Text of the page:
Historical Collections of the Philip L. Wright Zoological Museum
I’ve determined Friday’s Freak of the Week was a three-way tie with athankyou’s guess as the cervical vertebrae of a whale, somuchscience’s deduction that it was some type of cetacean (not a minke, however), and a valiant effort on pingaspie’s part to narrow it down to the same. How rude of me to publish a FotW without I myself even knowing the true answer! Dave said it’s from some type of cetacean, most likely a dolphin, but was unaware of its origins. In my defense, it’s not as though we have a lot of whales in Montana and our comparative collection representing that order is quite small. So, congratulations! and my apologies for not giving a solid answer; forgive me?!
Our latest exhibit highlighting the historical collections of our museum opened last Thursday on the first floor of our building, Health Sciences. We put in a lot of work over the last three months to get this together, but probably would have completed it much sooner if we had an adequate budget (and if I wasn’t the only fulltime employee) — museum exhibits are incredibly difficult! The purple frames around the photographs were all cut by hand, as well as the labels (it’s heavy mat board); we had to make photocopies of original labels, put UV-protective strips on the lights — and on top of that find a way to hang and display everything (the wall is thin carpet-like fabric covering basically concrete). That doesn’t even include the time to research the items and write cohesive descriptions for everything! I’m extremely proud of the way it turned out, and will be photographing individual aspects of this exhibit over the next coming weeks in order to go into further discussion about these very significant items and those unique individuals which collected them.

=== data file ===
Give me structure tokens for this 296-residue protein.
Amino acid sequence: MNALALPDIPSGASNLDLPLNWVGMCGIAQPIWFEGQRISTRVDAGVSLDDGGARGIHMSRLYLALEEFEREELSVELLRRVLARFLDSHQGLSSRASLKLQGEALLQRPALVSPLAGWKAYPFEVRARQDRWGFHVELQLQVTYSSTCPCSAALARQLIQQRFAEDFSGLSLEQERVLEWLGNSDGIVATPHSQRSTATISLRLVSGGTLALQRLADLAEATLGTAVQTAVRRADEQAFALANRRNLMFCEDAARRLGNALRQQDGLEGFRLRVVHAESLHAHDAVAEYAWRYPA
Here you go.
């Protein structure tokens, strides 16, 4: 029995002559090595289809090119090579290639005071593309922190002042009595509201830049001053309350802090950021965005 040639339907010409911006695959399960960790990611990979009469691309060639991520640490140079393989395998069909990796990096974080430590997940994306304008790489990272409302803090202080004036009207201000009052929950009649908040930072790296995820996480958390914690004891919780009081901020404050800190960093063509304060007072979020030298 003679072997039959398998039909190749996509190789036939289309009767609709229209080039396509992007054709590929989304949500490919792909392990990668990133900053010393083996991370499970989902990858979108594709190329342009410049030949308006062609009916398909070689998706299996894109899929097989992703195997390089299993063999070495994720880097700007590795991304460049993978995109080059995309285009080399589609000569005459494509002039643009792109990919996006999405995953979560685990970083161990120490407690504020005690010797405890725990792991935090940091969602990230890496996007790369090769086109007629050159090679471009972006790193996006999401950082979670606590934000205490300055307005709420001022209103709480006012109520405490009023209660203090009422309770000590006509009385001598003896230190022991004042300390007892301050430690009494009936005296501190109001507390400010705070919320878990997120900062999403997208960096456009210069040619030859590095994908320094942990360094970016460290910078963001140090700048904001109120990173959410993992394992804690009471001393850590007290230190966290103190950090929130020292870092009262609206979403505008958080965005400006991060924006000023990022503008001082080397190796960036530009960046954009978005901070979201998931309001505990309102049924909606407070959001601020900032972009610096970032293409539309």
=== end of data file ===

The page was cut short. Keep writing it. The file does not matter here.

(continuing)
If you exclude the cost of reproducing the original historical photographs (courtesy of the Archives at the Mike and Maureen Mansfield Library, and cost about $135 [that was a big ‘oops’ on my part — we were not anticipating that high cost and if we could we would probably do it differently next time], the entire exhibit was put together with about $30. It took a lot of extra time, but we did it!